true. i ended up switching to flat. why do they put the cross in the slots? confusing.
__________________
coasting, few quotes are worthy of him, and of those, even fewer printable in a family forum......quote 3alarmer

No @coasting, you should stay 100% as you are right now, don't change a thing....quote Heathpack
coasting is offline   Reply With Quote
Old 05-25-14, 07:41 AM   #17
chaadster
Thread Killer
 
Join Date: Aug 2008
Location: Ann Arbor, MI
Bikes: '15 Kinesis Racelight 4S, '76 Motebecane Gran Jubilée
Posts: 7,963
Mentioned: 7 Post(s)
Tagged: 0 Thread(s)
Quoted: 275 Post(s)
Quote:
Originally Posted by coasting View Post
true. but until you ride outside with the force that normal riding generates, you can't really be sure it is right. put some standing effor onto the pedals and you might find that fd isn't quite perfect.
I'll concede there is some skill involved, and so rookie mechanics may be well advised to carry some tools because their work is not sound.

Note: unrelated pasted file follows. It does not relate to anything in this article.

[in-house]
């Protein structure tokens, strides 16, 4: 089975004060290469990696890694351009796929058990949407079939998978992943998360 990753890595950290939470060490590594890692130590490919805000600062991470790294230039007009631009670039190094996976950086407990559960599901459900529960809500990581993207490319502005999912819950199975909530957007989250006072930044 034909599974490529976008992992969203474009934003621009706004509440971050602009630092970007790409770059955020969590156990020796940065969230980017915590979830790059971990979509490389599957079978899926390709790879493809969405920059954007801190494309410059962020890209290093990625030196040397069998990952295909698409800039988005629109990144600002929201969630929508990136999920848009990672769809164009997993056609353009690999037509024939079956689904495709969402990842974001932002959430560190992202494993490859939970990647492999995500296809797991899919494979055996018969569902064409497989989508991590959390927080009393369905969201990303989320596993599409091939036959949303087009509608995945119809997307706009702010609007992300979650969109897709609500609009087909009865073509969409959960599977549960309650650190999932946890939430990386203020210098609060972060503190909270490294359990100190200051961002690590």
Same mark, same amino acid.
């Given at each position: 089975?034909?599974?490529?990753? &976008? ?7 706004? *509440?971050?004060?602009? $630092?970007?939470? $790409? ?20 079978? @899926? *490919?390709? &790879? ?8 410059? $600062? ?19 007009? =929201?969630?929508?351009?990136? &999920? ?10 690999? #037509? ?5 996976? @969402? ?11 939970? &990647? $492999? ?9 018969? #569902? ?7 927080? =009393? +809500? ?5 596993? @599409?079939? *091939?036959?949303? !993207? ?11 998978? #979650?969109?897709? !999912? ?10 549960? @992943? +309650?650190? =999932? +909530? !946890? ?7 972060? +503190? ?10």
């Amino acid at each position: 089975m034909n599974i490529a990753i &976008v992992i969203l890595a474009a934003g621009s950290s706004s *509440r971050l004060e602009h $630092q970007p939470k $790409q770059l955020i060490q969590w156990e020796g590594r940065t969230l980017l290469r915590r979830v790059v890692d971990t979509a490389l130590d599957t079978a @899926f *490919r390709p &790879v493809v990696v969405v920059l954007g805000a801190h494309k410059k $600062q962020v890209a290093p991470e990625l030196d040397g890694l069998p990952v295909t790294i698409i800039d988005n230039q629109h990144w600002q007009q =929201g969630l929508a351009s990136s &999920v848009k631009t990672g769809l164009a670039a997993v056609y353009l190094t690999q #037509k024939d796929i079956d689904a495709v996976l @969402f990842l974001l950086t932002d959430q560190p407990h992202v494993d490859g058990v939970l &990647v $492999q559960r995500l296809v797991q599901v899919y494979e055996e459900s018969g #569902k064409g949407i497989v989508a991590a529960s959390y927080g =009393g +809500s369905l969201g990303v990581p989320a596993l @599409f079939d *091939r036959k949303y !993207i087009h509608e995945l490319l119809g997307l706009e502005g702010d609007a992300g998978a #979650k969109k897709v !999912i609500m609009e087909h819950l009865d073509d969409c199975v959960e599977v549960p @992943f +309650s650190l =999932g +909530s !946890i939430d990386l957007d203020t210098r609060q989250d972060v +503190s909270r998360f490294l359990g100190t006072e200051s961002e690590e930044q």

chaadster is offline   Reply With Quote
Old 05-25-14, 08:16 AM   #18
surgeonstone
Senior Member
 
surgeonstone's Avatar
 
Join Date: Oct 2005
Location: South Bend IN
Bikes: Merlin Lunaris
Posts: 10,716
Mentioned: 14 Post(s)
Tagged: 0 Thread(s)
Quoted: 540 Post(s)
Makita power drill and sander.
surgeonstone is offline   Reply With Quote
Old 05-25-14, 10:37 AM   #19
Looigi
Senior Member
 
Looigi's Avatar
 
Join Date: Dec 2010
Bikes:
Posts: 8,951
Mentioned: 0 Post(s)
Tagged: 0 Thread(s)
Quoted: 7 Post(s)
Some things I've done on rides:

Adj DR limit screws (also after crash bent RD hanger).
Adj or tighten slipping seat post.
Adj pedal tension.
Adj threadless headset.
Loosen spokes to account for a broken spoke or install a temporary or new spoke.
Patch a tube after getting a second flat on a ride.
Tighten bottle cage screws.
Looigi is offline   Reply With Quote
Old 05-25-14, 03:05 PM   #20
ericcc65
Senior Member
Thread Starter
 
Join Date: Jun 2013
Location: Aurora, CO
Bikes: CAAD9-1
Posts: 117